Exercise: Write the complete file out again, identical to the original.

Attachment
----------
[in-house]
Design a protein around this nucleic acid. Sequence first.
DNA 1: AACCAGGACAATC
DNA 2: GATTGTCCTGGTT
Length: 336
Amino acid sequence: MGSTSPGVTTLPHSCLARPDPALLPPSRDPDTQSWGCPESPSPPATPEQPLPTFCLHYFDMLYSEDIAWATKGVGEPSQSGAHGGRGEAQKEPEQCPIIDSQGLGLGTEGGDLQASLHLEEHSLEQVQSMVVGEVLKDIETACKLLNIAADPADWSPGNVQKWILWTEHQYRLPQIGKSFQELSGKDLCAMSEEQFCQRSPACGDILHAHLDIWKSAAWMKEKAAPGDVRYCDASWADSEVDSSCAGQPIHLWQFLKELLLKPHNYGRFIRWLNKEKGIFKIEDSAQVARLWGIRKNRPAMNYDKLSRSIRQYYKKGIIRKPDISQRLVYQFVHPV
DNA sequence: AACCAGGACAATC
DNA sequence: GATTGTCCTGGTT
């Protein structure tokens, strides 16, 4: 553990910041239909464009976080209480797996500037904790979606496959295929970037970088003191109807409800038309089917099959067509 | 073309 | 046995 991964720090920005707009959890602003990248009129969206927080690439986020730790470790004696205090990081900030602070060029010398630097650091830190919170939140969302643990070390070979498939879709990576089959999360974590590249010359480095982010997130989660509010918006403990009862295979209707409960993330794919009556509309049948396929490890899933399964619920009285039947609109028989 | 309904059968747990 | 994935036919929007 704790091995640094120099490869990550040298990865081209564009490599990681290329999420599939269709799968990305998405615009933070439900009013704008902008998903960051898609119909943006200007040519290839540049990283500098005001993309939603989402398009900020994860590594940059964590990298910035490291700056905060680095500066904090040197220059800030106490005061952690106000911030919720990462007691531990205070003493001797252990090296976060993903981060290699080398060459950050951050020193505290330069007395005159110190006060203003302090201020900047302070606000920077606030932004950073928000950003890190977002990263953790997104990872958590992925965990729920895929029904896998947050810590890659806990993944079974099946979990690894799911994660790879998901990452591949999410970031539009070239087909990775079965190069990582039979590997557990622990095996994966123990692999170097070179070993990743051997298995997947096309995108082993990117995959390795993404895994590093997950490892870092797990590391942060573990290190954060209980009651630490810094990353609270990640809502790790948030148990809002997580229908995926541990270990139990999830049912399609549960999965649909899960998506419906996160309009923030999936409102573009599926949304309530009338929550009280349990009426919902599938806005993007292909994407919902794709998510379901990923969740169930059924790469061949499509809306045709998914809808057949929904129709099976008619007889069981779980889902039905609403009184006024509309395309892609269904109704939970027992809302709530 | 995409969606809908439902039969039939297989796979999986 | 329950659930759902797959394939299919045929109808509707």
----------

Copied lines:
[in-house]
Design a protein around this nucleic acid. Sequence first.
DNA 1: AACCAGGACAATC
DNA 2: GATTGTCCTGGTT
Length: 336
Amino acid sequence: MGSTSPGVTTLPHSCLARPDPALLPPSRDPDTQSWGCPESPSPPATPEQPLPTFCLHYFDMLYSEDIAWATKGVGEPSQSGAHGGRGEAQKEPEQCPIIDSQGLGLGTEGGDLQASLHLEEHSLEQVQSMVVGEVLKDIETACKLLNIAADPADWSPGNVQKWILWTEHQYRLPQIGKSFQELSGKDLCAMSEEQFCQRSPACGDILHAHLDIWKSAAWMKEKAAPGDVRYCDASWADSEVDSSCAGQPIHLWQFLKELLLKPHNYGRFIRWLNKEKGIFKIEDSAQVARLWGIRKNRPAMNYDKLSRSIRQYYKKGIIRKPDISQRLVYQFVHPV
DNA sequence: AACCAGGACAATC
DNA sequence: GATTGTCCTGGTT
């Protein structure tokens, strides 16, 4: 553990910041239909464009976080209480797996500037904790979606496959295929970037970088003191109807409800038309089917099959067509 | 073309 | 046995 991964720090920005707009959890602003990248009129969206927080690439986020730790470790004696205090990081900030602070060029010398630097650091830190919170939140969302643990070390070979498939879709990576089959999360974590590249010359480095982010997130989660509010918006403990009862295979209707409960993330794919009556509309049948396929490890899933399964619920009285039947609109028989 | 309904059968747990 | 994935036919929007 704790091995640094120099490869990550040298990865081209564009490599990681290329999420599939269709799968990305998405615009933070439900009013704008902008998903960051898609119909943006200007040519290839540049990283500098005001993309939603989402398009900020994860590594940059964590990298910035490291700056905060680095500066904090040197220059800030106490005061952690106000911030919720990462007691531990205070003493001797252990090296976060993903981060290699080398060459950050951050020193505290330069007395005159110190006060203003302090201020900047302070606000920077606030932004950073928000950003890190977002990263953790997104990872958590992925965990729920895929029904896998947050810590890659806990993944079974099946979990690894799911994660790879998901990452591949999410970031539009070239087909990775079965190069990582039979590997557990622990095996994966123990692999170097070179070993990743051997298995997947096309995108082993990117995959390795993404895994590093997950490892870092797990590391942060573990290190954060209980009651630490810094990353609270990640809502790790948030148990809002997580229908995926541990270990139990999830049912399609549960999965649909899960998506419906996160309009923030999936409102573009599926949304309530009338929550009280349990009426919902599938806005993007292909994407919902794709998510379901990923969740169930059924790469061949499509809306045709998914809808057949929904129709099976008619007889069981779980889902039905609403009184006024509309395309892609269904109704939970027992809302709530 | 995409969606809908439902039969039939297989796979999986 | 329950659930759902797959394939299919045929109808509707």